Jennifer handles civil, family law, and probate appeals on behalf of litigants and amicus curiae, and she has successfully defended judgments and obtained reversals in both state and federal appellate courts. She is also experienced handling administrative appeals before the Florida Division of Administrative Hearings.

Acting as outside general counsel for several private enterprises, Jennifer regularly provides recommendations on issues related to risk assessment, litigation and compliance oversight, and contract administration. Her clients come from a wide variety of industries, including real estate, hospitality, construction, themed entertainment, healthcare and outdoor advertising.

Jennifer is also an experienced family and marital lawyer, frequently handling matters concerning divorce, child custody, support, and prenuptial agreements.

The depth and diversity of Jennifer’s legal experience affords her perspective in working with clients across all industries with varying legal needs.

S. Brendan

A Virginia native originally with aspirations to become a journalist, Brendan Lynch fell in love with Florida and has made it his home since 2005. He represents both commercial and residential property land owners, as well as tenant business owners, in issues of property tax valuation and eminent domain/condemnation.


Brendan assists property owners throughout Florida with their property tax appeals, including assessment reviews, direct negotiations with county property appraisers, appeals to the Value Adjustment Board, and trial and appellate court proceedings. His clients include apartment projects, big box stores, condominiums, commercial strip centers, hotels, residences, student housing, vacant land, and other retail buildings.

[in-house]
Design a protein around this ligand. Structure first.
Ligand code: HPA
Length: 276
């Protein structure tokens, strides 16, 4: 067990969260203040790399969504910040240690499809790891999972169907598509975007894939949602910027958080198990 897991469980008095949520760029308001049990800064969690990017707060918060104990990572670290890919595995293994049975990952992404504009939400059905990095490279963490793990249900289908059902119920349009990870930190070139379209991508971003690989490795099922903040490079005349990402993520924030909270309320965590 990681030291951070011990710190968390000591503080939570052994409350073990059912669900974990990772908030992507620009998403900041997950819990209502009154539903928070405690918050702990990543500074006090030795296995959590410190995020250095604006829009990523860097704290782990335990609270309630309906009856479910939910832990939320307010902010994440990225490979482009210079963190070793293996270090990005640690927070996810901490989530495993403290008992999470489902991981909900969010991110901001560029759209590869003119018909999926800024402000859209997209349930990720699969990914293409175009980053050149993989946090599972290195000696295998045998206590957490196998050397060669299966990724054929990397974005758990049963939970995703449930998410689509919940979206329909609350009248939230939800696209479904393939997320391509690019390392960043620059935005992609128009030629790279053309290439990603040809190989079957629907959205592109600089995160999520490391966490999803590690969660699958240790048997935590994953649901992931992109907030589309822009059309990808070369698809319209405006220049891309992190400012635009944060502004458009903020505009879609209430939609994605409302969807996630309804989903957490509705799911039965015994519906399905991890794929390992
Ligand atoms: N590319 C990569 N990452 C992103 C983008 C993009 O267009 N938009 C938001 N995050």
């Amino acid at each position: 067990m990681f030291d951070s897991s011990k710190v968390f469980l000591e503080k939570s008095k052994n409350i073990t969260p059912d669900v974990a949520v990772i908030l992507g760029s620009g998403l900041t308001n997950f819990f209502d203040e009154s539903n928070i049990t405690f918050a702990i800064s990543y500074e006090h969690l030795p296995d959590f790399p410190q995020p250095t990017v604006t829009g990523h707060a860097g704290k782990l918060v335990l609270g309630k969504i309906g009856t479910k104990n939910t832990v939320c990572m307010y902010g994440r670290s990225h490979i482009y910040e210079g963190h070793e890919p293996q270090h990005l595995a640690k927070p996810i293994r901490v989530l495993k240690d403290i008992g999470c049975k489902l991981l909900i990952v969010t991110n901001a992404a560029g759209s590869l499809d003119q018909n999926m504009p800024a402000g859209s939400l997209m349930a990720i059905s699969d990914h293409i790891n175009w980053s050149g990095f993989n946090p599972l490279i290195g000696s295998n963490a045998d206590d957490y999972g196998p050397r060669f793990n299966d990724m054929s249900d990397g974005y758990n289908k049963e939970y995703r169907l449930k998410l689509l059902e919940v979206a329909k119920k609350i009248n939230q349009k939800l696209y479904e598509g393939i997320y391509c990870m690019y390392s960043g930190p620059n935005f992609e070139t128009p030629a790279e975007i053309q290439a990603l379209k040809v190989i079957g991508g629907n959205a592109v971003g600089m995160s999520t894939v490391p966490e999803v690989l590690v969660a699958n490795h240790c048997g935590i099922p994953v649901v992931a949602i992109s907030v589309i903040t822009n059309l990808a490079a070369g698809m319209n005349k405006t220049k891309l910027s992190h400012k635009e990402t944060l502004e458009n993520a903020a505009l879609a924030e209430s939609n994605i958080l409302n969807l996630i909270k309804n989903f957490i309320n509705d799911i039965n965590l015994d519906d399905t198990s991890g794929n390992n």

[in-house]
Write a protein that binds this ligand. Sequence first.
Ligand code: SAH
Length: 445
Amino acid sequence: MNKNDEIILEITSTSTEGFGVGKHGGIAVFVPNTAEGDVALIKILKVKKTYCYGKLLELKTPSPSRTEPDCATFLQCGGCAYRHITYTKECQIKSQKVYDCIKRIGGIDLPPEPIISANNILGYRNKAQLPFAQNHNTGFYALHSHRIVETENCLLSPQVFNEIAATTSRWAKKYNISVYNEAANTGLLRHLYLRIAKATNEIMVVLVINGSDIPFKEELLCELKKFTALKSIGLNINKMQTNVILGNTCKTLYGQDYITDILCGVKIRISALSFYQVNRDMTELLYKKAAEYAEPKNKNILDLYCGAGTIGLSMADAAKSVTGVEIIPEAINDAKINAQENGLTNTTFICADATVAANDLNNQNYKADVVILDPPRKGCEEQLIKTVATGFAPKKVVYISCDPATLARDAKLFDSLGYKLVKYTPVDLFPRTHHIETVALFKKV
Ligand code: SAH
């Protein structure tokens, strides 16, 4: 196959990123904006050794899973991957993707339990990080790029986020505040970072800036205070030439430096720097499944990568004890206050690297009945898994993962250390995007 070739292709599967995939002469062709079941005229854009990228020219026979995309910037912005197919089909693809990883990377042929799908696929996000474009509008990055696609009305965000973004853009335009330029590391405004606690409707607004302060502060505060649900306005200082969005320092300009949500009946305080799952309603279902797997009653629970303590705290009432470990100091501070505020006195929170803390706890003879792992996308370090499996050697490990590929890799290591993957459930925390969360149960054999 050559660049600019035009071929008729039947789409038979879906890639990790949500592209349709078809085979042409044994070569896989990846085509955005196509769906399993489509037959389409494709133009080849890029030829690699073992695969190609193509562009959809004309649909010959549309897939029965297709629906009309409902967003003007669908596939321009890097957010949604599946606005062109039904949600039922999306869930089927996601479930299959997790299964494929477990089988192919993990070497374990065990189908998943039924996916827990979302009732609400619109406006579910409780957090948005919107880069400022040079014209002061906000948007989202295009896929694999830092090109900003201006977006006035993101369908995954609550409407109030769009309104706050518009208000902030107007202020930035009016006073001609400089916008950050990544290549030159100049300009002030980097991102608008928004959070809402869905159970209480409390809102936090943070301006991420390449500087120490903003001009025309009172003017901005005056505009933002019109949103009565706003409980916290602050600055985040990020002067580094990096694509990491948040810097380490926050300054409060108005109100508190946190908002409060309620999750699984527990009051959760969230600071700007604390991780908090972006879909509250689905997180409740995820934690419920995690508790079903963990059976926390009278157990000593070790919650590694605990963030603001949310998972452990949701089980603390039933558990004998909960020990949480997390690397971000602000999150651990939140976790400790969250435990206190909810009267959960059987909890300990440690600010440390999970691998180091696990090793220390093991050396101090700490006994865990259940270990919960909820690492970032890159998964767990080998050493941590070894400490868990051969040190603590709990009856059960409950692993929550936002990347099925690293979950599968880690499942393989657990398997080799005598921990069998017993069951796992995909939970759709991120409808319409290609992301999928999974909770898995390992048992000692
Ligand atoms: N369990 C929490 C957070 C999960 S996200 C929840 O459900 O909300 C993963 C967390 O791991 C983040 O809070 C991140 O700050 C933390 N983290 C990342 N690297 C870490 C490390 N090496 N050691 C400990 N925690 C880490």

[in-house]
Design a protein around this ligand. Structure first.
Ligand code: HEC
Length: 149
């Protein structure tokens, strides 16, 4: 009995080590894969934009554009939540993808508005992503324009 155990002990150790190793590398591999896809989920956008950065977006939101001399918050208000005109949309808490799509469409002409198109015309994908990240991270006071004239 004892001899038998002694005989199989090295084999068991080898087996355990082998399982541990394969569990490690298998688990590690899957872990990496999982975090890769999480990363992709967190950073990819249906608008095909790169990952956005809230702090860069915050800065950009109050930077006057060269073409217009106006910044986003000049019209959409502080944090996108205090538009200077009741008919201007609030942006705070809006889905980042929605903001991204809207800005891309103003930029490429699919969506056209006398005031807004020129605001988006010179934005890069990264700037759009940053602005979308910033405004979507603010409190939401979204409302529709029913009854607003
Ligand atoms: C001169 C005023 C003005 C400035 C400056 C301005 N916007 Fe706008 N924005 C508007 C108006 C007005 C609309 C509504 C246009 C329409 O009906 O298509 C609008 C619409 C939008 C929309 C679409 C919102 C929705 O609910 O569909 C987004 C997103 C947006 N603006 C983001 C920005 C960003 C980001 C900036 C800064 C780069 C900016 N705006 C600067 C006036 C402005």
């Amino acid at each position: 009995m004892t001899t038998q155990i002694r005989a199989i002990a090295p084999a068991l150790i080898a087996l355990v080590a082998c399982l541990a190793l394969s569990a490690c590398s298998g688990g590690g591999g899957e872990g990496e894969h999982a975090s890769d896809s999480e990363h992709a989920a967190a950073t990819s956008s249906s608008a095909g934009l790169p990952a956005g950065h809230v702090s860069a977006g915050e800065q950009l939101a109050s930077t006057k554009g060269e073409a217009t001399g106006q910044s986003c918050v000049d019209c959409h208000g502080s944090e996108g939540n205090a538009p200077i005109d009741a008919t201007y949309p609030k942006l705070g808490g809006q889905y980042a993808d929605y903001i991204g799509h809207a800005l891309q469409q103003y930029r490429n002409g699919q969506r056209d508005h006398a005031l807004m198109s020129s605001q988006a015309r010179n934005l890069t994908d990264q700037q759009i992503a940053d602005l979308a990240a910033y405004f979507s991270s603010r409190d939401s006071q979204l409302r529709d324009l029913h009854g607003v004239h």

With broad experience handling many different types of exemption applications, Brendan often assists clients from the application stage through challenges, to denial of any exemption, through trial and appellate court proceedings. These exemption applications include agricultural, conservation easements, healthcare, homestead, military housing, non-profit, religious, and senior living.

Typically, the eminent domain cases involve a governmental entity (Florida Department of Transportation, county, city, expressway authority, or other state agency) or private utility with condemnation powers seeking to take land from the property owners. Interestingly, Brendan has also represented condemning authorities on special projects – bringing a perspective from both sides of the table.

Brendan’s love for his adopted hometown of Orlando is reflected in his commitment to the community and its cultural diversity. A long-time advocate for the arts and current Chair of the United Arts of Central Florida’s Board of Directors, Brendan recently helped steer the largest Collaborative Campaign in the organization’s history (over $3M). He has also served in leadership roles for the Adult Literacy League, the Orange County Teen Court, and the Heart of Florida United Way.

ICONIC CASES

  • Achieved property tax assessment reduction for internationally-known hotel from $421 million to $259 million, resulting in millions of dollars of savings.
  • Represented a national building contractor in its application for military housing exemptions, resulting in a change in Florida law and a savings of $17 million dollars for the client.